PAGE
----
It's a reality none of them thought they'd have to live through, one of their own killed in the line of duty.
"He was a real likable young man, one of those guys that was kind of a jokester, throwing quips at you all the time," said Sheriff Gene Wriggelsworth.
"Grant had the sky's the limit potential here. He loved what he did, he looked good at what he did, he was a great police officer, he did a great job at it, had the dedication, came early, stayed late, wanted to please you, wanted to do it right," Deputy Whitaker's supervisor, Lt. Steve Sopocy, added. "If Grant wanted to be the Sheriff one day, that could've been the potential for Grant."
But, Deputy Whitaker will never have the chance to reach that potential.
On the early morning of December 7, 2014, his patrol car crashed into a tree, while he was engaged in a high-speed chase, and he died.
Deputy Rick Hoeksema took us back to that night. "There's this hazard in the middle of the road and he hadn't said anything about it. And, that's when some of the realizations started to sink in and I went back and found his car."
Deputy Hoeksema initiated the chase that night. A night, just like any other that became one he wouldn't forget.
"It's a reminder that we're not invincible, we're human just like anybody else. And, we can get hurt and we can die just like anyone else," he said.
Since that night, the driver, John Kelsey, was quickly caught, arrested, tried and sentenced, due in part to Deputy Hoeksema's testimony.
"That two syllable word 'guilty,' it was an immense feeling of relief. And, I can remember hearing that and listening to the jury foreman say that. And, just an audible sigh of relief, you know, nobody jumped and whooped and hollered, it was just an audible sigh of relief," Deputy Hoeksema recalled.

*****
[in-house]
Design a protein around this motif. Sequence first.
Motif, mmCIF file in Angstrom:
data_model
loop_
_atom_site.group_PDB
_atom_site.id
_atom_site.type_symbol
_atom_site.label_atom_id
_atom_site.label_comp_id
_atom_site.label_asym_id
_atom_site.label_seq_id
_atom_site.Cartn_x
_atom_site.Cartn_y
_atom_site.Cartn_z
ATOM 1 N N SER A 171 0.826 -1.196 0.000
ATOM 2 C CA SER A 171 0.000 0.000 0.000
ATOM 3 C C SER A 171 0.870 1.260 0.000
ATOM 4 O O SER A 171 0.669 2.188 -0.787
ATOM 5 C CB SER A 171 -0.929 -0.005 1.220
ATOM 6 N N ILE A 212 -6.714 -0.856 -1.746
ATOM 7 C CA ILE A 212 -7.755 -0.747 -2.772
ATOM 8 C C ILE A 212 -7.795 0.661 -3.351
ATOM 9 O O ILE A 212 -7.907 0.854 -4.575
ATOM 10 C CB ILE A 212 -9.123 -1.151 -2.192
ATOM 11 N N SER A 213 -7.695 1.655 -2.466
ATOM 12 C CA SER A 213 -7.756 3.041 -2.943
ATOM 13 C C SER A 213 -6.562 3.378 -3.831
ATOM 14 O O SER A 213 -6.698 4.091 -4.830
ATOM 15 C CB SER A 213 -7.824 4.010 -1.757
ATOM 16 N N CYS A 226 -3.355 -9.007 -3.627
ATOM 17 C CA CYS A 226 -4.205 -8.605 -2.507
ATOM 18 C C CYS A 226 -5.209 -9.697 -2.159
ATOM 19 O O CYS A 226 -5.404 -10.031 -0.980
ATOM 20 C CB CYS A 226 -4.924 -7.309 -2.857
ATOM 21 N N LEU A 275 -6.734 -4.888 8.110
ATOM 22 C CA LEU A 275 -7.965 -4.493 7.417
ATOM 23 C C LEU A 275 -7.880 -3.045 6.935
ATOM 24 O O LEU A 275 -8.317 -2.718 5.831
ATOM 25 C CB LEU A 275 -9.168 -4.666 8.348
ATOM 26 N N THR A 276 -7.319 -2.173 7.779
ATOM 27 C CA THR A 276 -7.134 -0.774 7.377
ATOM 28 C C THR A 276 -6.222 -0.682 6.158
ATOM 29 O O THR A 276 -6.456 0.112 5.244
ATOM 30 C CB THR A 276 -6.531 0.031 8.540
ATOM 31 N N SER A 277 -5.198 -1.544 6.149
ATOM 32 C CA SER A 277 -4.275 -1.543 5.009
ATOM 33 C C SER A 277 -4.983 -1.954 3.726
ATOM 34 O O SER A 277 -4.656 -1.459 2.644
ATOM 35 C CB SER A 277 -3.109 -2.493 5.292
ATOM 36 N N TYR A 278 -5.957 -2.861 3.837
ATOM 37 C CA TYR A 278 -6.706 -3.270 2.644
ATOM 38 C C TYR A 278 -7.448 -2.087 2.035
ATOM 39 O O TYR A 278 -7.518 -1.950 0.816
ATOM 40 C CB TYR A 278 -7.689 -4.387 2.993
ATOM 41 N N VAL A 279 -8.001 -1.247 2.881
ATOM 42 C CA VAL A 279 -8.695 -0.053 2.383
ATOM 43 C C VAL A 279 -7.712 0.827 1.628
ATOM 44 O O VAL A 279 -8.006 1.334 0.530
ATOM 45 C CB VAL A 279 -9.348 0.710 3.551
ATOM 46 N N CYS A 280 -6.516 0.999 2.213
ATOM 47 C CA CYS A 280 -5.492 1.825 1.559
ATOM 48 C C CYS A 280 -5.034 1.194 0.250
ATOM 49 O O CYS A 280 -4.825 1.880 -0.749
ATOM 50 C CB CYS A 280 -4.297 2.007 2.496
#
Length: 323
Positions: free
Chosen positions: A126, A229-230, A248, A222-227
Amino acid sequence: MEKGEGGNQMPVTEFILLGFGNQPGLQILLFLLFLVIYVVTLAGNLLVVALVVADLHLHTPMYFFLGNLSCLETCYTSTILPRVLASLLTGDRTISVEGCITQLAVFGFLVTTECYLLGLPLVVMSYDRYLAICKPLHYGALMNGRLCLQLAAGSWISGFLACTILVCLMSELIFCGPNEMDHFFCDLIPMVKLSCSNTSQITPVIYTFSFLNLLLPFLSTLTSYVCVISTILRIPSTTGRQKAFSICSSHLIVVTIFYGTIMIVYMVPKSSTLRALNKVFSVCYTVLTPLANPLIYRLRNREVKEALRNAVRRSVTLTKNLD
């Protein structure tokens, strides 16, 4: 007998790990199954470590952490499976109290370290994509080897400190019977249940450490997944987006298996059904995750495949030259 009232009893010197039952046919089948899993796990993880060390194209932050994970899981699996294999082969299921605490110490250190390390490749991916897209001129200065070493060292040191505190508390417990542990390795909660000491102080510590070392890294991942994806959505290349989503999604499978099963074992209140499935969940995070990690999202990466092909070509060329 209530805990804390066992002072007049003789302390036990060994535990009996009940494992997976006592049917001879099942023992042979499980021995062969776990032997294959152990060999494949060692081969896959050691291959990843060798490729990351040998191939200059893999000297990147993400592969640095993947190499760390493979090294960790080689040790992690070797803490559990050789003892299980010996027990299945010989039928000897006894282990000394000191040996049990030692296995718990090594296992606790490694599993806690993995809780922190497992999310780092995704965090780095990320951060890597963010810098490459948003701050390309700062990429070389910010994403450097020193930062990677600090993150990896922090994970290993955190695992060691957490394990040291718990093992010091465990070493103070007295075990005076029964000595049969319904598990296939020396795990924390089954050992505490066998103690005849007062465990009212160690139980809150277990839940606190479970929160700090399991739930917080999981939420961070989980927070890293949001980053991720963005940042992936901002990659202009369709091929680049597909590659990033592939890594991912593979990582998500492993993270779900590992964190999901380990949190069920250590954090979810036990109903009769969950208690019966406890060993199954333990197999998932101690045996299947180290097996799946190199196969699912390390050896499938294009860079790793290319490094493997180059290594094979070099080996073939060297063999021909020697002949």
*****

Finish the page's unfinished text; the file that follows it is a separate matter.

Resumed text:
That sigh was felt throughout the Sheriff's Office, as months later, they were still trying to heal.
"Everybody loved Grant, he hit it off right from the get-go as fitting in and everybody enjoyed working with Grant. So, every night it was like something was missing," Lt. Sopocy said.
And his night shift unit continues to honor Grant, from the training room dedicated to his legacy to his photo on their uniform to Deputy Whitaker's name forever on their shift log.
"It's the little things like that, it's the talking about Grant, it's the when you're eating subway subs, because Grant loved to eat Subway subs, you know, that you remember Grant," Lt. Sopocy explained. "He's one of our brothers, he's one of us, he will always be one of us."
Remembered now in stories.
Deputy Whitaker's co-workers told us staying in touch with his family has helped the healing process. They've visited Grant's grave, put memorials at the crash site, and spent weekends together.